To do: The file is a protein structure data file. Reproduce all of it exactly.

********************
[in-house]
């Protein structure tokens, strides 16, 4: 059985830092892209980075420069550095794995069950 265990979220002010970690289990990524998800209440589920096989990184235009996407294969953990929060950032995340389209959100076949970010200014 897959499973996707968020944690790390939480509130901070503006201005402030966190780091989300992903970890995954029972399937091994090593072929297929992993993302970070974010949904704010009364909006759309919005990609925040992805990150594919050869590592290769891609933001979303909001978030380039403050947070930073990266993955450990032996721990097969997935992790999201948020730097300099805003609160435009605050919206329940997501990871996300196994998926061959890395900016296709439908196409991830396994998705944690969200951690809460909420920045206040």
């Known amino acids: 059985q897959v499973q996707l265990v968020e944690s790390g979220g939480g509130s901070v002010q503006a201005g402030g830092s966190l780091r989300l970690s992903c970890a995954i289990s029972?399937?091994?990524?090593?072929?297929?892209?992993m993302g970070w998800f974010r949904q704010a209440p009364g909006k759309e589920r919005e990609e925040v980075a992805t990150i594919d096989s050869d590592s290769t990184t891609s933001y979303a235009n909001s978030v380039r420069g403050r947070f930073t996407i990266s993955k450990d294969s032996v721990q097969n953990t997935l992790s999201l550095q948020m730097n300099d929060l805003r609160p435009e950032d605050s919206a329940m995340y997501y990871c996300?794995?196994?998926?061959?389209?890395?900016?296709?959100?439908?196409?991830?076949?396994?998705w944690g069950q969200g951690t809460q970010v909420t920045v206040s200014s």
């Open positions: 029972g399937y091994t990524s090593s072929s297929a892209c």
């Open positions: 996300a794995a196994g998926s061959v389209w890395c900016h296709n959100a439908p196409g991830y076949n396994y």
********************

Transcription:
[in-house]
């Protein structure tokens, strides 16, 4: 059985830092892209980075420069550095794995069950 265990979220002010970690289990990524998800209440589920096989990184235009996407294969953990929060950032995340389209959100076949970010200014 897959499973996707968020944690790390939480509130901070503006201005402030966190780091989300992903970890995954029972399937091994090593072929297929992993993302970070974010949904704010009364909006759309919005990609925040992805990150594919050869590592290769891609933001979303909001978030380039403050947070930073990266993955450990032996721990097969997935992790999201948020730097300099805003609160435009605050919206329940997501990871996300196994998926061959890395900016296709439908196409991830396994998705944690969200951690809460909420920045206040």
């Known amino acids: 059985q897959v499973q996707l265990v968020e944690s790390g979220g939480g509130s901070v002010q503006a201005g402030g830092s966190l780091r989300l970690s992903c970890a995954i289990s029972?399937?091994?990524?090593?072929?297929?892209?992993m993302g970070w998800f974010r949904q704010a209440p009364g909006k759309e589920r919005e990609e925040v980075a992805t990150i594919d096989s050869d590592s290769t990184t891609s933001y979303a235009n909001s978030v380039r420069g403050r947070f930073t996407i990266s993955k450990d294969s032996v721990q097969n953990t997935l992790s999201l550095q948020m730097n300099d929060l805003r609160p435009e950032d605050s919206a329940m995340y997501y990871c996300?794995?196994?998926?061959?389209?890395?900016?296709?959100?439908?196409?991830?076949?396994?998705w944690g069950q969200g951690t809460q970010v909420t920045v206040s200014s």
């Open positions: 029972g399937y091994t990524s090593s072929s297929a892209c």
């Open positions: 996300a794995a196994g998926s061959v389209w890395c900016h296709n959100a439908p196409g991830y076949n396994y």